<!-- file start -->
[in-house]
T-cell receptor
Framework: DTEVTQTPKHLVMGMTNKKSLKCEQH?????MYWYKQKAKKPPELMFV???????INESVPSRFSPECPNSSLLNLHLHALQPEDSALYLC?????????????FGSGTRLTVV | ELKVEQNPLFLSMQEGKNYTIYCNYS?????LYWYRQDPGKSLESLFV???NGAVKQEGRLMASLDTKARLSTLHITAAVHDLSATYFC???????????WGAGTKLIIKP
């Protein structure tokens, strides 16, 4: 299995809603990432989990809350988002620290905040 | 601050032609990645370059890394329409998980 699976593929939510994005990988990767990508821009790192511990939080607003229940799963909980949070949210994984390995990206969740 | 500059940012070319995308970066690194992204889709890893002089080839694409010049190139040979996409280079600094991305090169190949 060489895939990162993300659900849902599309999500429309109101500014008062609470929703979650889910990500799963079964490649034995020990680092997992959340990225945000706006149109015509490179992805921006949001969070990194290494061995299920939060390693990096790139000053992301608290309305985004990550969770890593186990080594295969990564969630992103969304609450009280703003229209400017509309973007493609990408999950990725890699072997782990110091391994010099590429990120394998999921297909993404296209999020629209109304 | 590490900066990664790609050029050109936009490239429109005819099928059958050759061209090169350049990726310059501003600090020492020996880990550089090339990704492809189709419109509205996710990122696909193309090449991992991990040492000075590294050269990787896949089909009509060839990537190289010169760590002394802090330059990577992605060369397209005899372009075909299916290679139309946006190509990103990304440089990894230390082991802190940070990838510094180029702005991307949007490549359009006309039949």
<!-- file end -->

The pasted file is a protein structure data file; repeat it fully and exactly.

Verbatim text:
[in-house]
T-cell receptor
Framework: DTEVTQTPKHLVMGMTNKKSLKCEQH?????MYWYKQKAKKPPELMFV???????INESVPSRFSPECPNSSLLNLHLHALQPEDSALYLC?????????????FGSGTRLTVV | ELKVEQNPLFLSMQEGKNYTIYCNYS?????LYWYRQDPGKSLESLFV???NGAVKQEGRLMASLDTKARLSTLHITAAVHDLSATYFC???????????WGAGTKLIIKP
């Protein structure tokens, strides 16, 4: 299995809603990432989990809350988002620290905040 | 601050032609990645370059890394329409998980 699976593929939510994005990988990767990508821009790192511990939080607003229940799963909980949070949210994984390995990206969740 | 500059940012070319995308970066690194992204889709890893002089080839694409010049190139040979996409280079600094991305090169190949 060489895939990162993300659900849902599309999500429309109101500014008062609470929703979650889910990500799963079964490649034995020990680092997992959340990225945000706006149109015509490179992805921006949001969070990194290494061995299920939060390693990096790139000053992301608290309305985004990550969770890593186990080594295969990564969630992103969304609450009280703003229209400017509309973007493609990408999950990725890699072997782990110091391994010099590429990120394998999921297909993404296209999020629209109304 | 590490900066990664790609050029050109936009490239429109005819099928059958050759061209090169350049990726310059501003600090020492020996880990550089090339990704492809189709419109509205996710990122696909193309090449991992991990040492000075590294050269990787896949089909009509060839990537190289010169760590002394802090330059990577992605060369397209005899372009075909299916290679139309946006190509990103990304440089990894230390082991802190940070990838510094180029702005991307949007490549359009006309039949």